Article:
* I received the products mentioned free of charge to review from my own perspective. All words, experiences and opinions are entirely my own*

What do you do when your child is choking?

I feel I need to get something off my chest, I’ve only told a couple of people about an incident that happened in July, I was left scared and traumatised by it and I really hope it doesn’t happen again. I hope that by sharing my story I get some release and stop dwelling over what happened meaning I can move on.

It was a Saturday lunchtime and we had decided to get lunch in town rather than go home so we picked a local gastro pub which we had heard good things about, they had a highchair and were child friendly so it sounded like a perfect choice.

I always pack a piece of fruit and a couple if snacks for Arthur as he associates sitting in a high chair with food NOW so once we had ordered I got him some fruit out of his bag and started to feed him his grapes.

Arthur has been following baby led weaning since he was 6 months old and quite happily munches on anything and everything, if something is too hard or chewy he will attempt it and if he’s struggling he will throw it down in protest.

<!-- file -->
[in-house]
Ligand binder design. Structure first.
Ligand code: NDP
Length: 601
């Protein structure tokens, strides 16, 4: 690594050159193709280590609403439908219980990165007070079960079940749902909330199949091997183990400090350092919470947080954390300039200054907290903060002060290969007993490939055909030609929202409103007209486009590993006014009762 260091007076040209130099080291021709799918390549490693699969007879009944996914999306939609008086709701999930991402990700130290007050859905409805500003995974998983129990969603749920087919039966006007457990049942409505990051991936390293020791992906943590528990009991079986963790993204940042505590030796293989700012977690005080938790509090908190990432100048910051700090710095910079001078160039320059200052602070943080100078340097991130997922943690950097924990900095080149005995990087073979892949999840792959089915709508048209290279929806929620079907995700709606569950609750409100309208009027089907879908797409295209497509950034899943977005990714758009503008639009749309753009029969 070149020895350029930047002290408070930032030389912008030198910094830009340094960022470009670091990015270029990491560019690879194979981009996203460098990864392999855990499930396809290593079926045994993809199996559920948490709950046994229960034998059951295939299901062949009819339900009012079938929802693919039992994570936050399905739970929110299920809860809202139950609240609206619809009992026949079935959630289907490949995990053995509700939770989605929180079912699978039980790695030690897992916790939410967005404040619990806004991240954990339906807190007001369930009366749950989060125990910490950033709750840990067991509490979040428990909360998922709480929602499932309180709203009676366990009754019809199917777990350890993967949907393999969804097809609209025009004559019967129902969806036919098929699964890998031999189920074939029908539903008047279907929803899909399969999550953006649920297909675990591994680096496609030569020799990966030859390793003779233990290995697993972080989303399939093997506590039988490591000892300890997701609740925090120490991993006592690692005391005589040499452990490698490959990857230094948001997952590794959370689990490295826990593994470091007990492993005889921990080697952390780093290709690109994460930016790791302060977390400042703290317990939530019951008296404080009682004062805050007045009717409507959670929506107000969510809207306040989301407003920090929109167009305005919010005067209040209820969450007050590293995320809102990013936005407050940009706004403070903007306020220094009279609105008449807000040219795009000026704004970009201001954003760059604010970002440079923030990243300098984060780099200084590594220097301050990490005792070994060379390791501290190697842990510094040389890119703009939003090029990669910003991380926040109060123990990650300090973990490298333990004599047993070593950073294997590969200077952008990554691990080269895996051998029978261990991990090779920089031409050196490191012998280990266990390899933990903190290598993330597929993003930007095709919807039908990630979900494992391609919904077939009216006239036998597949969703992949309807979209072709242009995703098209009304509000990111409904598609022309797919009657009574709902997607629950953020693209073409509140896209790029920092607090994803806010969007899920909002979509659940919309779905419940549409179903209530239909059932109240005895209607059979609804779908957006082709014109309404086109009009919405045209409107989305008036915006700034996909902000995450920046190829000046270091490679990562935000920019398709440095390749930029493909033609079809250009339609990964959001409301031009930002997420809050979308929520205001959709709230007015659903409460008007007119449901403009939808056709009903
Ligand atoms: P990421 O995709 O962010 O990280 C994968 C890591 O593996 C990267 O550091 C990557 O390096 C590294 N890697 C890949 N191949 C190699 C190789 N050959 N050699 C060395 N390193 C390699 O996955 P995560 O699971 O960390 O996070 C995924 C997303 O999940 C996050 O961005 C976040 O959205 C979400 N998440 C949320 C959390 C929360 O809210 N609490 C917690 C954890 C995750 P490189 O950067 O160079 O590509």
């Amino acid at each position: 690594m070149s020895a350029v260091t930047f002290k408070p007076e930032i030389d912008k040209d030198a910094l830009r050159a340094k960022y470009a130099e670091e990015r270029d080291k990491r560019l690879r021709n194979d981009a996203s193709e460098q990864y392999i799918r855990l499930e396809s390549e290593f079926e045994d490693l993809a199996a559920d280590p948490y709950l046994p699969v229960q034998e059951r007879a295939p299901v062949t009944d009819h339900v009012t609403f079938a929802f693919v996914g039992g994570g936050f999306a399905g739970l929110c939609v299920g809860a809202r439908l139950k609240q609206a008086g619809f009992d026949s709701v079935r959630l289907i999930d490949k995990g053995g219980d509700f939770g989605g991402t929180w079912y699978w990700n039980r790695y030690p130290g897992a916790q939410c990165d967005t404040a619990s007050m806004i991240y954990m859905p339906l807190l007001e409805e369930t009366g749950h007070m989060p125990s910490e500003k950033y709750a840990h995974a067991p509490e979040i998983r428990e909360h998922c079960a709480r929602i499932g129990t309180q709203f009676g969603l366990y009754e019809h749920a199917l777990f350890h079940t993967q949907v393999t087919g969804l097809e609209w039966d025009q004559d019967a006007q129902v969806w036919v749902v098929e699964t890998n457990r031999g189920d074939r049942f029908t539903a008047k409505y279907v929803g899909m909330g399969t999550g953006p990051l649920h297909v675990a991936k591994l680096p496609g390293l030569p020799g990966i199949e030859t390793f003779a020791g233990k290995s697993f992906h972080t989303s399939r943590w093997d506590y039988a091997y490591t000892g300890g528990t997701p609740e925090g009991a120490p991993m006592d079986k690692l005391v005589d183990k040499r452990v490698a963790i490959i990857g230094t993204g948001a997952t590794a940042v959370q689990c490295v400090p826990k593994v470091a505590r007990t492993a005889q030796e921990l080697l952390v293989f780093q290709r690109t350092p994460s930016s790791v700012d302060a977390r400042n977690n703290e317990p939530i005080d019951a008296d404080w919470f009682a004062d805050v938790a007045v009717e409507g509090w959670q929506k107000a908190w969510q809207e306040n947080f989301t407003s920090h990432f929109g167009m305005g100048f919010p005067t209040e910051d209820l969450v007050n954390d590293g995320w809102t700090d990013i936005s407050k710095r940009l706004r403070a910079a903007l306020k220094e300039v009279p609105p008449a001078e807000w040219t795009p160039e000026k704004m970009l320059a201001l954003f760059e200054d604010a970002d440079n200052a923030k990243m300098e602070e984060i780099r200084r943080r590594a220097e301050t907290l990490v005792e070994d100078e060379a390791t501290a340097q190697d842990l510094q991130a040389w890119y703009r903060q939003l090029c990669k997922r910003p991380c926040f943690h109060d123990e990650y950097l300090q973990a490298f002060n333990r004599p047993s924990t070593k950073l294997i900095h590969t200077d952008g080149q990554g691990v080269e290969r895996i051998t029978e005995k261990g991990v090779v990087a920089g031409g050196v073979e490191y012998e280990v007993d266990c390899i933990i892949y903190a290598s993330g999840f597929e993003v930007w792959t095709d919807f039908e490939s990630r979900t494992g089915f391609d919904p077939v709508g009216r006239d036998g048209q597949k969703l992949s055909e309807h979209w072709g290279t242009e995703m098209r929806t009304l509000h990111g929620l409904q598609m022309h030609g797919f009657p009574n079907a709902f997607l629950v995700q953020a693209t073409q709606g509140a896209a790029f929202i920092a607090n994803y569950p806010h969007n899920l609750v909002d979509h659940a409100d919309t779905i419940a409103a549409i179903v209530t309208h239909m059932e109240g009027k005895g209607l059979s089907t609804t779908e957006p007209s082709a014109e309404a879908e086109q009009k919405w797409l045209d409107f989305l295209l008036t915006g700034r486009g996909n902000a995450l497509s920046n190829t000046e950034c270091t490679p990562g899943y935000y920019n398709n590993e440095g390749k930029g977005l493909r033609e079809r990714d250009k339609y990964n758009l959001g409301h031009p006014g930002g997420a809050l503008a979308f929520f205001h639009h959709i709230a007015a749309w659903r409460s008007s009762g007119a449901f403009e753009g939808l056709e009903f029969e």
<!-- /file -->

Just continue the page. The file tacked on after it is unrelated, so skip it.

He polished off his grapes in record speed so I started to peel his satsuma, for the past three months Arthur has devoured clementines, tangerines, satsumas and oranges so as you can imagine he got rather excited when he saw me preparing the segments for him.

He ate the first few segments like he always does and when I handed his next segment he started chewing and all of a sudden he was gasping for air, trying to cough but unable to, his face was going red and I shut down.

I’m his mother, I’m supposed to look after him, teach him how to do things, love him and most important of all protect him. I didn’t do any of these things, I froze. Only for a few seconds but still, I froze.

I dived to the button to open the straps so I could release him, I tried to put my fingers in his mouth to get the orange out so he could breathe. There was nothing there.

David jumped up out of his seat, scooped Arthur up and started smacking him hard on the back and within two seconds the chewed up orange and phlegm shot out of his mouth. He had a little cough and his colour returned to normal and he looked like nothing had happened as you can see in the picture below.

Madame G's lifestyle

I was a mess, an emotional wreck. I couldn’t stop shaking, I was freezing cold and crying. I kept thinking what would have happened if I had been alone? Would Arthur have stopped breathing? Would anyone have helped or even known what to do? Would an ambulance have got here in time if he didn’t bring it up.